Quirks with the Things 3 Sidebar

by default 2019-10-29 at 8.54.29 AMToday I wanted to take some time to talk about something that’s been on my mind for the last few months, and that’s Things 3’s sidebar.

I’ve raved on here in the past about how much I love the design philosophy of Things. The top part of the sidebar really does make sense in terms of guiding you to prioritize your work using the GTD methodology. I’ve come to realize the way it handles areas and projects could use some serious rethinking though.

For starters, if you adopt David Allen’s definition of a project where anything that takes more than two steps is a project you end up with an unwieldy sidebar of projects. I’ve tried breaking my areas down further, but then you just end up with a bunch of areas as well. While not as big of a deal on macOS, it certainly makes managing things on iOS cluttered and complicated.

Another perplexing choice is the progress pies. At first, I loved them, but now I’m just not sure what their purpose is. I’ve already mentioned my desire to have them be optional to allow for sub-areas, but there’s a bigger issue at play.

By not allowing for task dependencies, Things 3’s design encourages you to adopt a strict adherence of GTD where only next actions exist for projects and subsequent actions are stored elsewhere. If you do this, Anytime becomes a functional “Next Actions” list, but it also means your progress pies will be never accurate. A project will appear to be almost complete when in reality it could have 20 more actions, they’re just stored elsewhere.

I’m not really sure what could be done in terms of rethinking the sidebar, but for now, I’ve basically stopped using it. When it’s not completely hidden, my areas are almost always collapsed, and I work from the main area view. This has some limitations because you can’t drag a task into a project within that view – only via the sidebar. Why this is, I have no clue…

Progress pies have entirely lost their intended meaning in my workflow. Instead, what they’ve come to symbolize are stalled projects. If a progress pie is full, that doesn’t mean a project is complete but rather that it is missing a next action. Progress pies on my areas reflect how much I’m spending on them – the fuller the circle the more I’m accomplishing in those areas.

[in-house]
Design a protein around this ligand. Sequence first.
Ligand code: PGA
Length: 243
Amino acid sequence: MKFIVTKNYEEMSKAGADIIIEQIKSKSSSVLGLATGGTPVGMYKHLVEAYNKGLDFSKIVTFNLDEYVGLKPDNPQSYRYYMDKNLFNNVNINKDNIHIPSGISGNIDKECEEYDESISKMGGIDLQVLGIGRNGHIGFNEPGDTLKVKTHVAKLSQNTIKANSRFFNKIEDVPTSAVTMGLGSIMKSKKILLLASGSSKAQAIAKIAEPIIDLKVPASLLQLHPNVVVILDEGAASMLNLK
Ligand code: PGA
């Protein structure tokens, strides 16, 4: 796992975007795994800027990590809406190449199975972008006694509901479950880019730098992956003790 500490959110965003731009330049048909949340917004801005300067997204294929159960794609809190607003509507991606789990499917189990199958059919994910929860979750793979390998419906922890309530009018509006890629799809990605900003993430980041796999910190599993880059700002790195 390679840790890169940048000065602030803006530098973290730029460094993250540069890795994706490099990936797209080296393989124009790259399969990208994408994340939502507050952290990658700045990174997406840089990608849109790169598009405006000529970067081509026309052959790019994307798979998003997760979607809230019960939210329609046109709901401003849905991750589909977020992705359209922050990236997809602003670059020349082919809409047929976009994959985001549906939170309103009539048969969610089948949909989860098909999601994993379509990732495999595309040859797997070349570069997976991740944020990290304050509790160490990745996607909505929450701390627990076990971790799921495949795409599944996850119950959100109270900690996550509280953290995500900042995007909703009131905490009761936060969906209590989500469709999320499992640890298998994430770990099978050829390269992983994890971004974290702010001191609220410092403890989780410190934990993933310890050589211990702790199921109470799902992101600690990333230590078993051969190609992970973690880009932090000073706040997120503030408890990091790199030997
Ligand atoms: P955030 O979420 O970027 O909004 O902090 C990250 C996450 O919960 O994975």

Now don’t get me wrong, I still love Things, and I’m using it every day with no plans to move anywhere else. It has just been a surprise to me that an app so focused on its design has ended up with some oddly thought out quirks.

6 thoughts on “Quirks with the Things 3 Sidebar

  1. Jonathan says:

    Thank you for making this post. I stumbled across it while searching for a way to disable the progress pies. One of the things I love about Things 3 is the design. Unfortunately the progress pies are always present, reminding me that long term projects cannot be “completed”. I also agree with your assessment of the “stalled project” feeling it portrays.

    • Andrea says:

      Hi Jonathan,
      Thanks for stopping by. I’m definitely hopeful that Cultured Code will address some of these issues in an upcoming release. Fingers crossed!
      -Andrea

  2. Marc Sandlhauser says:

    Hi Andrea,
    So, are you saying, if you have a project to completely revamp your lawn, for example, you ONLY put the project and the next action into Things, and the rest of the actions are stored in, say the Notes app, and when you do your weekly review, you copy the next action text from the Notes app into Things?

    I ask because, although GTD gives you the mindset of getting everything into your system, it soon fills with tasks that become unimportant (I had tasks “on hold” for 4 years in OF!).